Crowdsourcing can be a powerful marketing asset, but many companies need direction on how to implement it correctly.
Effective crowdsourcing seeks insights directly from brand followers instead of the general public, which allows companies to focus on the customers most likely to drive revenue. Not only does focusing on advocates provide brands the information they need to craft stronger strategies, but it also makes followers feel like valuable parts of the team, strengthening brand loyalty and removing the guesswork from new product launches and marketing initiatives.
As social media influencers become more popular marketing tools, the barrier between companies and their followers has thinned. Brands that take advantage of this closer relationship can distinguish themselves from their competitors.
Engaged Audiences Produce More Engaging Products
As agile, crowd-pleasing startups continue disrupting industries, more companies are turning to the masses to solve their product development dilemmas.
Crowdsourcing has proven highly effective for companies looking to understand product demand and make customers feel included in the process. The more involved the customer base feels, the more influential fans should be in guiding the company’s next product offering.
Lego Group, famous for its building sets that appeal to children and adults alike, reviews all product submission ideas that earn 10,000 social media likes. If any proposal reaches the production phase, the company provides 1 percent of new product revenue to the developer.
Sourcing brand followers also helps companies identify problems to be solved. Emily Weiss, founder of skin care product Glossier, used a blog post to ask customers about their dream face wash. After reviewing the responses, Weiss and her team created a more pH-balanced product. By asking consumers about their struggles, brands like Glossier can address problems that they hadn’t considered.
The Glossier example shows that brand loyalists likely have strong preferences about a company’s best offerings. Letting customers express those opinions helps brands identify their biggest influencers and leverage those advantages. Porsche, for instance, looked to its social followers to commemorate the 50th anniversary of its famed Porsche 911 model, eclipsing 5 million Facebook followers in the process. Porsche used 54,000 Facebook votes to craft its 5 millionth car, a custom automobile that crowdsourced its color, wheel design and other features.
Feedback from your most engaged customers provides useful insights that can help brands build on already established success.
Source Your Crowd the Right Way
Not every crowdsourcing effort succeeds, but brands that understand their goals and plan accordingly are likelier to receive relevant feedback. Follow these three steps to turn your brand’s followers into advisors:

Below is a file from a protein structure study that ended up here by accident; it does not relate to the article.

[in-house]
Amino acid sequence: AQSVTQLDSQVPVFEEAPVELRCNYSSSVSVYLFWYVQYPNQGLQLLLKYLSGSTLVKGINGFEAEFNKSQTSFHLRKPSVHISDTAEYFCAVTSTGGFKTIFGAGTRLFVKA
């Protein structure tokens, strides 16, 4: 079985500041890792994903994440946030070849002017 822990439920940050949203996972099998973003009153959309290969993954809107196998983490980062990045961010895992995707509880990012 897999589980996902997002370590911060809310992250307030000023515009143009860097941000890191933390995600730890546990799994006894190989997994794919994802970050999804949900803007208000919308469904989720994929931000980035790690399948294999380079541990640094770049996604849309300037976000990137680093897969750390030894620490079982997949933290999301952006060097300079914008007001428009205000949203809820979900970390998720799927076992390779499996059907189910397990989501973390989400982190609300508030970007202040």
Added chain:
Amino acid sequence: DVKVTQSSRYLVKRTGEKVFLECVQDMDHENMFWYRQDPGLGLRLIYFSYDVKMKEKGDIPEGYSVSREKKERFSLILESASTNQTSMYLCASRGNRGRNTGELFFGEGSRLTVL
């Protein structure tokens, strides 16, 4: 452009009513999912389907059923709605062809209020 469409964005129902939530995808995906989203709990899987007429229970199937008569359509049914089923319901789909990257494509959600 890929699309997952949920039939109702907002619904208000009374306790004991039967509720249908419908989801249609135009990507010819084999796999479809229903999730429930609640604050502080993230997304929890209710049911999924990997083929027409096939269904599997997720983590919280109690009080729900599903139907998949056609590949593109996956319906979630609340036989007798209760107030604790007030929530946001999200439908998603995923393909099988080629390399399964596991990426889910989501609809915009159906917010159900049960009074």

1. Grow the following.
A voluminous, educated following can produce better crowdsourcing results. Curate active social media presences on any social media site relevant to the brand.
People will talk about the company regardless of whether it has a strong online presence. However, an active social media presence lets brands lead those conversations and develop connections with followers to leverage into wisdom.
2. Design an information collection strategy.
What’s the best way to poll a growing group of followers? The answer depends on how the brand interacts with them. For some, social media polls and voting contests provide the best results; for others, email campaigns that solicit written feedback work better. Some brands do it all, combining the results into a pool of research to guide their next moves.
No matter the preferred method, marketers should design a plan to gather helpful information before polling. That way, a study’s results can be applied to help the brand and entice customers.
3. Send samples for evaluation.
Diehard brand followers want to stay involved in decision making. Brands can strengthen their bonds with customers by sending samples and demos to loyal customers and crowdsourcing their feedback.
Beauty brand Julep tests new products by sending samples in a subscription box to followers each month. Letting loyal customers try products and offer feedback helps Julep identify which products are most likely to sell. The brand then uses that information to ramp up or shut down production when appropriate.
These crowdsourcing strategies will help companies engage with their biggest fans, identify opportunities to grow, and put more resources toward developing products people want.
Warren Becker is the chief operating officer of Cosmetic Solutions, recognized worldwide as a leader in the formulation and manufacture of turnkey private label skin care and personal care products. Cosmetic Solutions' natural, scientifically proven offerings are used by renowned skin care leaders and physicians, established cosmetic brands and up-and-coming entrepreneurs to help customers achieve results. Warren holds an MBA in International Business from the University of Miami and has partnered in the success of hundreds of health and beauty brands.